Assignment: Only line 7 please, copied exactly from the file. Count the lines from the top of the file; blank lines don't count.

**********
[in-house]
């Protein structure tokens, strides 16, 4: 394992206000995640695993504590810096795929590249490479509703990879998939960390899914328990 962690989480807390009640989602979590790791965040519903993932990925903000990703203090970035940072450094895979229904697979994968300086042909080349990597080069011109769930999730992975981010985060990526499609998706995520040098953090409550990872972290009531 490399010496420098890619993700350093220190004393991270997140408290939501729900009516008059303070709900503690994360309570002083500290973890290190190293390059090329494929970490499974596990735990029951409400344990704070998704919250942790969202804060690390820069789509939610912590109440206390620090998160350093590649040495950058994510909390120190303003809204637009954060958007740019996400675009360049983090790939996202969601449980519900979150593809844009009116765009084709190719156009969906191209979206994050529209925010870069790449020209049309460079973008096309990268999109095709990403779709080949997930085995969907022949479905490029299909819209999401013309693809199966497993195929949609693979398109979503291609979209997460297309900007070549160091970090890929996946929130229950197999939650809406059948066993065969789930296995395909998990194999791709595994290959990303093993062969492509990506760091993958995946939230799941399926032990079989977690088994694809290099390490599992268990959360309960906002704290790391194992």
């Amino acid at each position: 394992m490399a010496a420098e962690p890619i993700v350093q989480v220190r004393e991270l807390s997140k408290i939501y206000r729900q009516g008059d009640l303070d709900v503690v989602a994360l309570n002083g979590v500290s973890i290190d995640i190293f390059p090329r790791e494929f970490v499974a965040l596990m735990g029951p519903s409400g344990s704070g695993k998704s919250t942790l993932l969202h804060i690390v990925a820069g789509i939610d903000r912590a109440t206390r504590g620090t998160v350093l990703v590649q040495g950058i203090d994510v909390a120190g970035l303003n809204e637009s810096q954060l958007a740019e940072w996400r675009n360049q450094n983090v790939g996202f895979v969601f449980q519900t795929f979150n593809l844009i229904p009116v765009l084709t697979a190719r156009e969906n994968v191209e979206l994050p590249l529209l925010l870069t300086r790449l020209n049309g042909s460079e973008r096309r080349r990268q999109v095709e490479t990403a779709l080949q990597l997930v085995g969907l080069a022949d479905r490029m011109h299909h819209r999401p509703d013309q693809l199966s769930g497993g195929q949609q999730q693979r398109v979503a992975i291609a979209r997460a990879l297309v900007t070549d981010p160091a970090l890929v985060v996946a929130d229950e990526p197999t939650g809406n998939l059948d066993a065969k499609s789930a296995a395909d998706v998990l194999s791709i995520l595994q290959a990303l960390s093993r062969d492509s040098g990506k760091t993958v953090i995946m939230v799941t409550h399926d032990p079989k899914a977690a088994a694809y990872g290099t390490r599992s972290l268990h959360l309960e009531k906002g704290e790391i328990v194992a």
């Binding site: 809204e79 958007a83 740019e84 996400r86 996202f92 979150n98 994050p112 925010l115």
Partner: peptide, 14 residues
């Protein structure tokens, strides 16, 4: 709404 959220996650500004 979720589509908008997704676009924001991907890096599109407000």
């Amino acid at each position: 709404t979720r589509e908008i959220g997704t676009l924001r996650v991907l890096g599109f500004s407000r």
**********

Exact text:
């Amino acid at each position: 709404t979720r589509e908008i959220g997704t676009l924001r996650v991907l890096g599109f500004s407000r």